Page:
Whiplash and Black Swan are both movies about the struggling artist who seeks greatness through sacrifice. In Whiplash it is a drummer named Andrew Neiman, and in Black Swan it is the ballerina Nina Sayers. Andrew is a first-year jazz student at the Shaffer Conservatory in New York, and Nina is a part of the New York City Ballet Company.
Desires & Fears
Both artists desire to become great and well-known, but that is actually too broad and nebulous. What they really want is what is before them. The NYC Ballet just announced they are doing a new production of Tchaikovsky’s Swan Lake. This means new principle dancers. Nina wants to be cast in the lead as the White Swan. But the one cast as the White Swan is traditionally the Black Swan, also, the foil to the White Swan character. Andrew, a drummer, wants to be a part of the Studio Band, the most advanced band on campus.
When we say that Nina desires the role of White Swan and Andrew desires to drum in the Studio Band, we mean much more than a simple want, but a craving and an obsession. The only thing as strong as their desires are their fears. Their fears stem from three places, their parents, their mentors, and the threat of replacement. Nina’s mother, Erica, is a failed dancer and Andrew’s father, Jim, is a failed writer. Both have seen into the world of artistic greatness but for whatever reasons they both fell short. It’s easy to imagine how hard this was for them because they try to protect their children from the same fate. They presume their child will fail like them and try to hold them back in their own ways.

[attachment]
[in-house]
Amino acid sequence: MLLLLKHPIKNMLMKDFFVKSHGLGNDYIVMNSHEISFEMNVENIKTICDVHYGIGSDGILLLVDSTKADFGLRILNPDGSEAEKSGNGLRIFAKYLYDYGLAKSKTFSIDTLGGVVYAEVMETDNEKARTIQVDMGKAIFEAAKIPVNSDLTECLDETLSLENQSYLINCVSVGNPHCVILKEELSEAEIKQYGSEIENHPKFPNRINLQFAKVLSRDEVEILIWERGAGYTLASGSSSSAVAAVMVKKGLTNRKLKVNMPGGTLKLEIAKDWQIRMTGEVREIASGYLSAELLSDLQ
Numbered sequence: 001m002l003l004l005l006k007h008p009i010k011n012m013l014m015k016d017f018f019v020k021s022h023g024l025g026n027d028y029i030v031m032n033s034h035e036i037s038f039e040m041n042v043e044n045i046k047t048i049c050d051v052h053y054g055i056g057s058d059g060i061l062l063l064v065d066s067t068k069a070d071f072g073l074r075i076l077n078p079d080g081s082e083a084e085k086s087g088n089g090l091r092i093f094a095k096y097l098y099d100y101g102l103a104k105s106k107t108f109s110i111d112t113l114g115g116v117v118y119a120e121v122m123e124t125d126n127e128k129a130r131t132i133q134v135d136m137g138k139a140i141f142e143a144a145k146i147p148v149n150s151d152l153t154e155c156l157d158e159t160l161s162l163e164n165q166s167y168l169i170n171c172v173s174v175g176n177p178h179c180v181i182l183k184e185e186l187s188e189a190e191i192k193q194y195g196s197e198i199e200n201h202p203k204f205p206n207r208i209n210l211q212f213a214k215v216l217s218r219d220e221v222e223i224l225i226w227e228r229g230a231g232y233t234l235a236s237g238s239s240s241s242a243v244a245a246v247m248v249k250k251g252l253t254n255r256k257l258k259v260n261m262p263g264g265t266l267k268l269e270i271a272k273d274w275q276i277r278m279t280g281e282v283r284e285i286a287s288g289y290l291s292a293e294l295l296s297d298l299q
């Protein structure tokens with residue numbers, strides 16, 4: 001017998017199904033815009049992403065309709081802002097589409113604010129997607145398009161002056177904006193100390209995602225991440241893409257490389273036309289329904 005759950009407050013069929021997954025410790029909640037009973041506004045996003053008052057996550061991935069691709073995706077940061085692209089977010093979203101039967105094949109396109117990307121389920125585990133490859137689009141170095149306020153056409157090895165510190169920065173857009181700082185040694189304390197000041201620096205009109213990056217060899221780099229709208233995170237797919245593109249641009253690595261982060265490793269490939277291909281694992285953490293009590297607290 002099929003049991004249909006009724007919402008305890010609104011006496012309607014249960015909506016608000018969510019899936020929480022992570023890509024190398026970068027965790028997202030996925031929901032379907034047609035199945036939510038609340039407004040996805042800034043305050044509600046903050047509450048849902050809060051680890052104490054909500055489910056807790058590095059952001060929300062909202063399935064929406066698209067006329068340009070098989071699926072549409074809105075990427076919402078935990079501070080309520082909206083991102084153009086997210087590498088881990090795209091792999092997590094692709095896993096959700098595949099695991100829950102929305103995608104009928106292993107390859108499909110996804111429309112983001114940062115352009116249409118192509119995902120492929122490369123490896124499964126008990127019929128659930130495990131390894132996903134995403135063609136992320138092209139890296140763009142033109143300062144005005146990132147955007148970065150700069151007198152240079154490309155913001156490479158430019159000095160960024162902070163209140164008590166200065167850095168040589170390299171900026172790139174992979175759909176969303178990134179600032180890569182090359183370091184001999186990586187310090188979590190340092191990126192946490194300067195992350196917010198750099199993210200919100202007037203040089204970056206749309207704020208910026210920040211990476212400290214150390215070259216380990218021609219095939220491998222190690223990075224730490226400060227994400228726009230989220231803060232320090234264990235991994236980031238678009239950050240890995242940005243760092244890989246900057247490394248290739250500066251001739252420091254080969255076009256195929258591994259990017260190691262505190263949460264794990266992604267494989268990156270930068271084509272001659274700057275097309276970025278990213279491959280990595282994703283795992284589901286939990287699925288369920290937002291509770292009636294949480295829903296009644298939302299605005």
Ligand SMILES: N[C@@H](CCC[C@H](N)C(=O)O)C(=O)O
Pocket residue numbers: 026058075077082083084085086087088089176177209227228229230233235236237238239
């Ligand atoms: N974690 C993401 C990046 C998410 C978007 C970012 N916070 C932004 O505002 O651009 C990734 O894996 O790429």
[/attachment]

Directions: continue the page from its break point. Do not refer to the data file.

The mentors are just the opposite form the parents. The artistic director for the NYC Ballet is Thomas Leroy and the musical director of the Studio Band is Terence Fletcher. Each of them push their protégés farther than they have even been pushed. This is saying something because each of these young artists push themselves farther than their peers. But by pushing so hard, they may discover what skills they truly possess. Thus, their tutelage is savage and cruel. The challenge for Nina and Andrew is to endure the severity of their mentors and possess the grit to climb on. But each has a rival that makes the threat of being replaced a real danger. For Andrew, it’s the drummer from a lower band he passed up to come to Studio, Ryan, and for Nina it’s the free-spirited dancer, Lily.
Challenges of Body & Mind
There is one terrible fact both artists grasp: they are not ready. In their compulsion to achieve greatness, they realize they need to go beyond their former selves. This takes form as acts of self-destruction. They begin to act uncharacteristically, or even act where some of their more less than desirable attribute move to the fore. Andrew breaks up with his girlfriend because she lacks focus and alienates his family because he would rather be dead and famous, even with a short life and a bad death, than wealthy but someone no one ever talks about. Nina disobeys her mother and goes out to clubs and turns to drinking and drugs and even promiscuity. If the old self is not good enough, then the old self must be destroyed.
This only make sense to the maniac. As you may guess, part of their transformation is a journey into madness. Nina has hallucinations, first of herself and later of Lily. When she sees Lily, it takes the form of fantasy because deep down she knows she needs to be more like Lily. While Nina has the formal precision to dance the White Swan, she lacks the frenetic emotionalism and wild abandon to dance the Black Swan, which is exactly how Lily dances. Nina fantasizes about Lily in order to become like Lily or overcome Lily. These fantastic hallucinations move from erotic to a murder scene that takes place only in her head.